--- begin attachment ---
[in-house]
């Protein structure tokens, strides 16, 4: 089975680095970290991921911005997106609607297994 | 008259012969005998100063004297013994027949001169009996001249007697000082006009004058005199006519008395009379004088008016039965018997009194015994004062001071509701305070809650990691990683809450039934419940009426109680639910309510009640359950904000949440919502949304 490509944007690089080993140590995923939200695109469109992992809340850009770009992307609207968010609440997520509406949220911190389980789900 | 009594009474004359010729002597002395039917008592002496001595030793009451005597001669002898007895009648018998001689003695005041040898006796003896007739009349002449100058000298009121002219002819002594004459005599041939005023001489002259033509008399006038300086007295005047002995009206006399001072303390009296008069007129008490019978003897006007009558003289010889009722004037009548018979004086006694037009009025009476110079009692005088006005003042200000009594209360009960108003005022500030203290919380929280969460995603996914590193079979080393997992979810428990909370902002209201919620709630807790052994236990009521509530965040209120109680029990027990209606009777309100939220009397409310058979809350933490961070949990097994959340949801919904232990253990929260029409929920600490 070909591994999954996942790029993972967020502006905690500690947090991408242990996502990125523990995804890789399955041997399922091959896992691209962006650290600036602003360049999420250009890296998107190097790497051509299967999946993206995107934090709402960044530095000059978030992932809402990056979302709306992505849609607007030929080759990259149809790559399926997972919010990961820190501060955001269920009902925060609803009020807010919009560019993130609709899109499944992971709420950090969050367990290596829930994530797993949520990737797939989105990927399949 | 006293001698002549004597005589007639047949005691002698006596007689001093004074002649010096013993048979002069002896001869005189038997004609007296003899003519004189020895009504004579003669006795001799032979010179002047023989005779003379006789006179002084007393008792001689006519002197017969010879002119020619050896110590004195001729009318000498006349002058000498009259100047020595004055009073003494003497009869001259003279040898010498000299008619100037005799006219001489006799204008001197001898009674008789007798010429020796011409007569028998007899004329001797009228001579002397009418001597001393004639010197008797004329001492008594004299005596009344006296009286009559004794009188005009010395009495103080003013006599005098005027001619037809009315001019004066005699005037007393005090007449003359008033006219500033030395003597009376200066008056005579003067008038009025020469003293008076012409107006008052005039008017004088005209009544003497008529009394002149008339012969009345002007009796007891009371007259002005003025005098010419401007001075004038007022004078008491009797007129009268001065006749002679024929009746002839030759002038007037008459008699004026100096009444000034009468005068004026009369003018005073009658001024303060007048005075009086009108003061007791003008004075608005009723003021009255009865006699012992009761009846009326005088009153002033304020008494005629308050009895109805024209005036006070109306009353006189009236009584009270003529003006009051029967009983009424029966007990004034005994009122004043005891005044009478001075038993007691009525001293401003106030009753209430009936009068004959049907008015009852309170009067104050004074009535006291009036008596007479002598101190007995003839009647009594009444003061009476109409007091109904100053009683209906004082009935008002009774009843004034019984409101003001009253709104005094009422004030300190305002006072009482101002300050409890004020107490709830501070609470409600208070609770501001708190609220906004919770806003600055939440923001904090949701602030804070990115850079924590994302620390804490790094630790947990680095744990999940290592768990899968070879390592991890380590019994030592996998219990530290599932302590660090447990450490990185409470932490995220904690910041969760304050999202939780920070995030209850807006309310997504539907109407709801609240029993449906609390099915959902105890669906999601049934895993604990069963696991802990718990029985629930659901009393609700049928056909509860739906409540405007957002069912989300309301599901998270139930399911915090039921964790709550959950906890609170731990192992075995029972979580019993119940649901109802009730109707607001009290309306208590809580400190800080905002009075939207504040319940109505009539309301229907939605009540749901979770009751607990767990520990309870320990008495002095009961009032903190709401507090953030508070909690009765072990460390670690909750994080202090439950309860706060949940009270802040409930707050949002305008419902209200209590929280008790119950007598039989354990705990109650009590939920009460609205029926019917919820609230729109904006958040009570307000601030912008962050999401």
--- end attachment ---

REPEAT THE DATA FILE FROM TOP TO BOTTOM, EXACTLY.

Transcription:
[in-house]
């Protein structure tokens, strides 16, 4: 089975680095970290991921911005997106609607297994 | 008259012969005998100063004297013994027949001169009996001249007697000082006009004058005199006519008395009379004088008016039965018997009194015994004062001071509701305070809650990691990683809450039934419940009426109680639910309510009640359950904000949440919502949304 490509944007690089080993140590995923939200695109469109992992809340850009770009992307609207968010609440997520509406949220911190389980789900 | 009594009474004359010729002597002395039917008592002496001595030793009451005597001669002898007895009648018998001689003695005041040898006796003896007739009349002449100058000298009121002219002819002594004459005599041939005023001489002259033509008399006038300086007295005047002995009206006399001072303390009296008069007129008490019978003897006007009558003289010889009722004037009548018979004086006694037009009025009476110079009692005088006005003042200000009594209360009960108003005022500030203290919380929280969460995603996914590193079979080393997992979810428990909370902002209201919620709630807790052994236990009521509530965040209120109680029990027990209606009777309100939220009397409310058979809350933490961070949990097994959340949801919904232990253990929260029409929920600490 070909591994999954996942790029993972967020502006905690500690947090991408242990996502990125523990995804890789399955041997399922091959896992691209962006650290600036602003360049999420250009890296998107190097790497051509299967999946993206995107934090709402960044530095000059978030992932809402990056979302709306992505849609607007030929080759990259149809790559399926997972919010990961820190501060955001269920009902925060609803009020807010919009560019993130609709899109499944992971709420950090969050367990290596829930994530797993949520990737797939989105990927399949 | 006293001698002549004597005589007639047949005691002698006596007689001093004074002649010096013993048979002069002896001869005189038997004609007296003899003519004189020895009504004579003669006795001799032979010179002047023989005779003379006789006179002084007393008792001689006519002197017969010879002119020619050896110590004195001729009318000498006349002058000498009259100047020595004055009073003494003497009869001259003279040898010498000299008619100037005799006219001489006799204008001197001898009674008789007798010429020796011409007569028998007899004329001797009228001579002397009418001597001393004639010197008797004329001492008594004299005596009344006296009286009559004794009188005009010395009495103080003013006599005098005027001619037809009315001019004066005699005037007393005090007449003359008033006219500033030395003597009376200066008056005579003067008038009025020469003293008076012409107006008052005039008017004088005209009544003497008529009394002149008339012969009345002007009796007891009371007259002005003025005098010419401007001075004038007022004078008491009797007129009268001065006749002679024929009746002839030759002038007037008459008699004026100096009444000034009468005068004026009369003018005073009658001024303060007048005075009086009108003061007791003008004075608005009723003021009255009865006699012992009761009846009326005088009153002033304020008494005629308050009895109805024209005036006070109306009353006189009236009584009270003529003006009051029967009983009424029966007990004034005994009122004043005891005044009478001075038993007691009525001293401003106030009753209430009936009068004959049907008015009852309170009067104050004074009535006291009036008596007479002598101190007995003839009647009594009444003061009476109409007091109904100053009683209906004082009935008002009774009843004034019984409101003001009253709104005094009422004030300190305002006072009482101002300050409890004020107490709830501070609470409600208070609770501001708190609220906004919770806003600055939440923001904090949701602030804070990115850079924590994302620390804490790094630790947990680095744990999940290592768990899968070879390592991890380590019994030592996998219990530290599932302590660090447990450490990185409470932490995220904690910041969760304050999202939780920070995030209850807006309310997504539907109407709801609240029993449906609390099915959902105890669906999601049934895993604990069963696991802990718990029985629930659901009393609700049928056909509860739906409540405007957002069912989300309301599901998270139930399911915090039921964790709550959950906890609170731990192992075995029972979580019993119940649901109802009730109707607001009290309306208590809580400190800080905002009075939207504040319940109505009539309301229907939605009540749901979770009751607990767990520990309870320990008495002095009961009032903190709401507090953030508070909690009765072990460390670690909750994080202090439950309860706060949940009270802040409930707050949002305008419902209200209590929280008790119950007598039989354990705990109650009590939920009460609205029926019917919820609230729109904006958040009570307000601030912008962050999401």